Spending much of his time soothing clients’ stock market fears in his daytime job as a financial advisor at Edward Jones, new Duluth Marshall baseball coach Nick Garramone was hoping to get away from the current fiscal crisis with some quality time on the diamond.

But due to the worldwide COVID-19 pandemic, the spring prep sports season in Minnesota is suspended until further notice.

“It’s really unfortunate for every kid involved,” Garramone said. “These kids need baseball as an outlet, and with everything we’re seeing in our country and our city, what better outlet is there than playing baseball?

“But if it doesn’t happen, we have to swallow our pride and do what’s best for the safety of our world.”

Garramone isn’t alone. Joe Wicklund, his predecessor at Marshall for the past six seasons, was recently hired at Duluth Denfeld, while Billy Tafs nabbed the opening at Hermantown. All are coaches without a team as baseball, along with all extracurricular activities, has been shut down by the coronavirus.

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Whenever play resumes, the three new coaches will lend interesting storylines to a sport that is seeing a renaissance in the Northland.

“It’s an interesting scope of changes here locally in baseball,” Garramone said.

Wicklund coached Marshall to a Class AA state championship last season — Duluth’s first in 69 years — while Denfeld enjoyed its first state tournament berth since 1954.

Wicklund worked full time at Marshall until 2019 before taking a job as the communications director for the city of Hermantown. That new position meant coaching the Hilltoppers was no longer viable.

“When I worked there full time, it wasn’t a problem coaching baseball at 3:30,” Wicklund said. “But when I took a job outside of education, that wasn’t as easily accomplished. Logistics were part of what had me make a change.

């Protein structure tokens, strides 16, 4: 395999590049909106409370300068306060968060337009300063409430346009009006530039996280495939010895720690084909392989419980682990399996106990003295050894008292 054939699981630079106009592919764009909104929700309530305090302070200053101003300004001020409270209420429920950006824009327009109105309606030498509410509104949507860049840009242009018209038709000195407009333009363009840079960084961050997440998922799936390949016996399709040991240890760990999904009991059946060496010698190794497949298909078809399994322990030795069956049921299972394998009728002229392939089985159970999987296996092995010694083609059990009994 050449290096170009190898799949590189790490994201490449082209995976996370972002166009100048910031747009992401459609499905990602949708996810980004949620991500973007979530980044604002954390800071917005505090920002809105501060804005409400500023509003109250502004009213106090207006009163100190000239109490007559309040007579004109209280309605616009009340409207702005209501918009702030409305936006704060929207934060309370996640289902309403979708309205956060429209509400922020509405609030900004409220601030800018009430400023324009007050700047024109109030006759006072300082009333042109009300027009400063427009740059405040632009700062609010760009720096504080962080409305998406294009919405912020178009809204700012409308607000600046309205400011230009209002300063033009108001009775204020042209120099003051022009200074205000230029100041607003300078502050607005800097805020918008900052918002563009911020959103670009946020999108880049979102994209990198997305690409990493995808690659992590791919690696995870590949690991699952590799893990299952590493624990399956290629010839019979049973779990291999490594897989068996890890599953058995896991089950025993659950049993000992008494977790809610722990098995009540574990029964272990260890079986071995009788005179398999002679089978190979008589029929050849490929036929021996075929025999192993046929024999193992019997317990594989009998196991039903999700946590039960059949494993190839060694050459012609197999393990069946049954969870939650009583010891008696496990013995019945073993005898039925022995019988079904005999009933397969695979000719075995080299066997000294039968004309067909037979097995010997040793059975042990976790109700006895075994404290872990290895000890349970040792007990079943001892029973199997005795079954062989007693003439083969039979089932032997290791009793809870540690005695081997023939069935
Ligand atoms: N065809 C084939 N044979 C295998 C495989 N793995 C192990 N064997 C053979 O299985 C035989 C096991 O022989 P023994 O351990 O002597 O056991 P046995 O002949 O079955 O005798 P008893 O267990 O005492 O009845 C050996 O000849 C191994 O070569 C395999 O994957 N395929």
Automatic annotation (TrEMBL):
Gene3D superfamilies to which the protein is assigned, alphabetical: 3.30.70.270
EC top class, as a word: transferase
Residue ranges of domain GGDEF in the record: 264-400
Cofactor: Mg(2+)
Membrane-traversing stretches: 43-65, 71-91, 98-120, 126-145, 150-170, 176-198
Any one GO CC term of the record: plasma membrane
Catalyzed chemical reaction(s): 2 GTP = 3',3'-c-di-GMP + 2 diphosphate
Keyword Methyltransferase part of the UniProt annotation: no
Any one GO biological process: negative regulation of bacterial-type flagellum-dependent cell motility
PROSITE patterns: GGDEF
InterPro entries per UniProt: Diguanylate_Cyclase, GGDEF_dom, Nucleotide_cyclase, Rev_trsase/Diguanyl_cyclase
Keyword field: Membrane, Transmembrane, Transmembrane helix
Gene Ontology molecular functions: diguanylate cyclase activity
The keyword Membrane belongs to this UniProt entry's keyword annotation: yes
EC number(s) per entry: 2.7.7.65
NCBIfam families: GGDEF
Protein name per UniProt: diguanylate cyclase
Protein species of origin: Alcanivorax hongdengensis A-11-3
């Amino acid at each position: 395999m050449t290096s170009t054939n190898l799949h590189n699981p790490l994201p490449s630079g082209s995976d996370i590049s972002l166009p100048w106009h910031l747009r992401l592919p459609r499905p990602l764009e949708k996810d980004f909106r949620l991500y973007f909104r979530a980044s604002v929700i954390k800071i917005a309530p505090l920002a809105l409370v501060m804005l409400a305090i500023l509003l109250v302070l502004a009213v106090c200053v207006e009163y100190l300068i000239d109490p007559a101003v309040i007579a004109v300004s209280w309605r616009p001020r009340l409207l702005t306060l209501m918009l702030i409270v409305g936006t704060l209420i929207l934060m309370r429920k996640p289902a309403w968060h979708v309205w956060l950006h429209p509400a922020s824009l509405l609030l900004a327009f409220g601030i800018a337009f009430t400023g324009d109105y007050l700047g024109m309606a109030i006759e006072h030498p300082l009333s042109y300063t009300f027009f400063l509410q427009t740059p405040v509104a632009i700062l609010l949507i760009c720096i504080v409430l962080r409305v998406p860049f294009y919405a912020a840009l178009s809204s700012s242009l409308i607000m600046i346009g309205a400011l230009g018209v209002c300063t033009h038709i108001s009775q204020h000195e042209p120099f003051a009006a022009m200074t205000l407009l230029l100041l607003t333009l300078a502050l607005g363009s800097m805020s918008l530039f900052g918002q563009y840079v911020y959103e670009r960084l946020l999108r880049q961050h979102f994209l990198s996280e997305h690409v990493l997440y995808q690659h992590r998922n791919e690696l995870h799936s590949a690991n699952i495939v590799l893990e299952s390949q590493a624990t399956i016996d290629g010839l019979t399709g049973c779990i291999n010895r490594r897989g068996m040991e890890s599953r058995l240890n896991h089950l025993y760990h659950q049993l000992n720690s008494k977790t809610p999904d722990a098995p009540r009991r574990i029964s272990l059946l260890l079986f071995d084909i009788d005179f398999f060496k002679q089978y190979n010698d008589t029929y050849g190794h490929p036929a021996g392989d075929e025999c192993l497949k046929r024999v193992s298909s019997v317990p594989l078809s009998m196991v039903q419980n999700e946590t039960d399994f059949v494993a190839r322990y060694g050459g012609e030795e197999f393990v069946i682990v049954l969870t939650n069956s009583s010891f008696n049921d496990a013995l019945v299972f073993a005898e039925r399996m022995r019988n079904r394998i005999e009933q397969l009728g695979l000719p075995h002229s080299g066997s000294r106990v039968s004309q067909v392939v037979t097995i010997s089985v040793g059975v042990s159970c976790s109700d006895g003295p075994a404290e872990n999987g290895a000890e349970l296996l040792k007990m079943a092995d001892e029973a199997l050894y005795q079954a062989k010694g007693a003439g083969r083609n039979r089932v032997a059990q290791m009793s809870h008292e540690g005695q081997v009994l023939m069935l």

“I was faced with the choice of not coaching at all or seeing if it was possible to (coach at Denfeld).”

Wicklund says Denfeld’s flexibility with scheduling practice times and games led him to apply for that position.

“I wanted to coach at Denfeld when that became an option,” he said. “I think there’s some incredibly special things happening on the west side of town and, in my small way, I wanted to be a part of that.”

Despite the heartache of leaving a team he built into a state champion, Wicklund says he was thrilled that Marshall chose Garramone as his replacement.

He credits Garramone with helping revitalize youth baseball in town with the Duluth 709 organization.

Garramone, a 1998 Denfeld graduate and a former player and coach at Wisconsin-Superior, also applied at his alma mater, saying “baseball is a part of who I am.”

He coached the Western Duluth intermediate team to a state title in 2017 and coached some of the current Marshall players in the 709 organization, which pools together children from around the city to play recreationally and on traveling teams.

“Every kid that wants to play casually gets to do that and every kid who wants to play at a high level can do that, as well,” Garramone said.

Though he takes over a defending champion, Marshall graduated plenty of talent, including a pair of Division I players in All-Area Player of the Year Ben Pedersen (Missouri) and Peter Hansen (Bradley).

That doesn’t dim future expectations, according to Garramone.

“Those guys have laid a tradition and a foundation for what to expect at Marshall going forward,” he said. “Big shoes to fill from that senior class, but I am really looking forward — whether it’s this year or next — to getting out there and competing.”

Likewise for Tafs, a 2003 Hermantown graduate, who has been best friends with Garramone for a long time. He played at UWS while Garramone was coaching.

“It will be a friendly deal, but when we are between the lines the friendship part will disappear in a hurry,” Tafs said of the budding rivalry.

Tafs, who works as a financial advisor for Edward Jones in Cloquet, returned home a year ago after a decade away. He worked for Furniture Row in the Midland/Odessa area in Texas, along with stops in Little Rock, Arkansas, and Columbia, Missouri. His involvement in baseball was limited as a fan during that span.

The former VFW coach in Hermantown returned to coaching at the youth level with Garramone last summer.

“I’ve always loved baseball,” Tafs said. “Nick and I coached a 14-and-under team together as part of the 709 organization last year. It was like riding a bike. It made me realize how much I had missed it the past 10 years. Then Hermantown came along and it’s a dream opportunity for me to go home and rekindle all those relationships with everybody.”